“Month’s Mind” TLM Requiem (Missa Cantata) for Justice Antonin Scalia.

I received a note that there will be a Sung Requiem Mass in the traditional form of the Roman Rite for the one month mark for the repose of the soul of Justice Antonin Scalia on Saturday 12 March at 12 Noon at St. Rita’s in Alexandria, VA.

You may know that it is traditional to celebrated Masses on certain “minding” days after someone’s death.  Typically a Requiem is offered at the 30 day mark and 1 year after.  Masses are also traditionally offered on the day of death itself or when the news of death arrives, on the 3rd day after and the 7th day after death. When counting these days we can count from the day of death or burial without including the day of death or burial in the count. So, if Joe Bagofdonuts goes to the Lord on Monday 5 June, we start counting from Tuesday 6 June.

The “mind” Mass tradition is quite ancient. The very early Apostolic Constitution speaks of the third day after death because that is how long Christ was in the tomb. St. Augustine and St. Ambrose mention them as established custom already in the 4th and 5th c. St. Ambrose in De fide resurrectionis writes: “Nunc quoniam die septem ad sepulchrum redimus, qui dies symbolum futurae quietis est … Now since on the seventh day, which day is the symbol of future repose, we return to the tomb.” Ambrose also wrote of the 30th day in his work on the death of the Emperor Theodosius: “Quia alii tertium diem et trigesimum; alii septimum et quadragesimum observare consueverunt, quid doceat lectio consideremus … Since some have been accustomed to keep the third and the thirtieth day; others the seventh and the fortieth; let us consider what the lesson teaches.” And of course we have many instances of sermons on the anniversaries or feasts of the deaths of martyrs.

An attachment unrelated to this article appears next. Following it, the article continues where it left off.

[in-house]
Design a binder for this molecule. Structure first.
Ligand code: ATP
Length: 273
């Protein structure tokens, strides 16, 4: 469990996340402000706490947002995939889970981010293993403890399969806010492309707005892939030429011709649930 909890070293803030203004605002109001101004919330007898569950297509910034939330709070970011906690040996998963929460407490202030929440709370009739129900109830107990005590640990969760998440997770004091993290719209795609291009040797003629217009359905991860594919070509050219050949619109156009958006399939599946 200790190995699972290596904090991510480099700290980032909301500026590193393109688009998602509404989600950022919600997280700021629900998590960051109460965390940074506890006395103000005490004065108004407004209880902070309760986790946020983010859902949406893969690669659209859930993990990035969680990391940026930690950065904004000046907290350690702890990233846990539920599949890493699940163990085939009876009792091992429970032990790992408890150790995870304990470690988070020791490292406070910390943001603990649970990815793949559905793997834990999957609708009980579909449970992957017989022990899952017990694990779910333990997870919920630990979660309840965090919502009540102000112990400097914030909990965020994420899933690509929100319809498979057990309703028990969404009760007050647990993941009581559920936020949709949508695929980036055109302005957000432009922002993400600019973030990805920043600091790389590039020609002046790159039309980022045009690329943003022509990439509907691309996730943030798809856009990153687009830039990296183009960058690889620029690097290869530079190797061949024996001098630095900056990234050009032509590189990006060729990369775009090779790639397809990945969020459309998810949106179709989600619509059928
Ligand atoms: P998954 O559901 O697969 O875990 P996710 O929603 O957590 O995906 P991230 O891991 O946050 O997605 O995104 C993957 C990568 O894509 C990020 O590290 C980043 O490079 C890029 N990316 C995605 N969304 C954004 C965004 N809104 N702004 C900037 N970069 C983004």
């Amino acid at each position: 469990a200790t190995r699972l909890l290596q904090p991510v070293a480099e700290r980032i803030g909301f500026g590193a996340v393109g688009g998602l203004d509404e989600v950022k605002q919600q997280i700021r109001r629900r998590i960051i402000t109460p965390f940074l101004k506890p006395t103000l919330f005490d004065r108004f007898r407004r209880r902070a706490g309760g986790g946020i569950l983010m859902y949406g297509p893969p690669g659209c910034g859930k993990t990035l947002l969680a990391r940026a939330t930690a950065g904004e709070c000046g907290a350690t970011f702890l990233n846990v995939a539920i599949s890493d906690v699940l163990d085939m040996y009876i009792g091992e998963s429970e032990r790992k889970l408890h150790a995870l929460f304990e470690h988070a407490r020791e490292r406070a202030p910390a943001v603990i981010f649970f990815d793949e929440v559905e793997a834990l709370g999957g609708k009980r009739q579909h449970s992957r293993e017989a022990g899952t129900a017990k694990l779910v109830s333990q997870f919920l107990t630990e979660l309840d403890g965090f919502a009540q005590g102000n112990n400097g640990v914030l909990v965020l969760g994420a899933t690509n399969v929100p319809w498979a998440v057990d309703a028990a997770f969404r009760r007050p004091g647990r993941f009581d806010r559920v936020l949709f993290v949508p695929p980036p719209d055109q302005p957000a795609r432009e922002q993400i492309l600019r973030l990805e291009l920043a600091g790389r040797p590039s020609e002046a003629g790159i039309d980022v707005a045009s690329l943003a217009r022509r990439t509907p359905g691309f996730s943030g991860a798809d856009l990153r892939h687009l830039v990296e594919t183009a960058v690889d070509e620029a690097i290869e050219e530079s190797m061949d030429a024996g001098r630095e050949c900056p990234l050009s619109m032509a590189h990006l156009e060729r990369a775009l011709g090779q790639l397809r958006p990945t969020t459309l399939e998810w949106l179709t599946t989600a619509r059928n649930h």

Pray for the dead, consider the Four Last Things daily and…


About Fr. John Zuhlsdorf

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  1. majuscule says:

    I was hoping the family would do this!

    A priest who offers private Traditional Latin Masses that I attend has on occasion offered his private Mass as a Requeim on “minding” days for people who may have had a big NO celebration of life. Those who attend his private Masses were especially blessed when he had gotten word of a close family member’s death in the night and on the day of death changed his Mass from the Mass of the day to a Requiem on the day of death.

    It was very moving.

  2. Geoffrey says:

    I recall reading once that “in the old days”, attending the Requiem Mass on the seventh day after death/burial was a “social obligation” for those who could not be present at the actual funeral, and that the seventh and thirtieth day Masses signified the last act of public mourning. Sad that these customs no longer abound…

  3. rodin says:

    St. Rita’s was for many decades the church of my mother’s family (among the thirteen founding families) and it was also mine until I moved to California where I am forced to attend NO masses unless I can get to the TLM an hour away. It is good to know that St. Rita’s still has the extraordinary form on occasion. My ancestors must be watching over it.

  4. Imrahil says:

    Of course we should pray for the dead, and keep ourselves prepared for death.

    However, I disagree as to this: Those who, according to their reasonable ability, are; those who do go to confession regularly… they do not have to, and very personally I do not think we should, ponder on the Four Last Things daily. Sometimes, yes. With increased frequency during Lent, maybe. But daily, really?

    Except, of course, for the short time when they say the Creed and the Four Last Things pop up, as it were.

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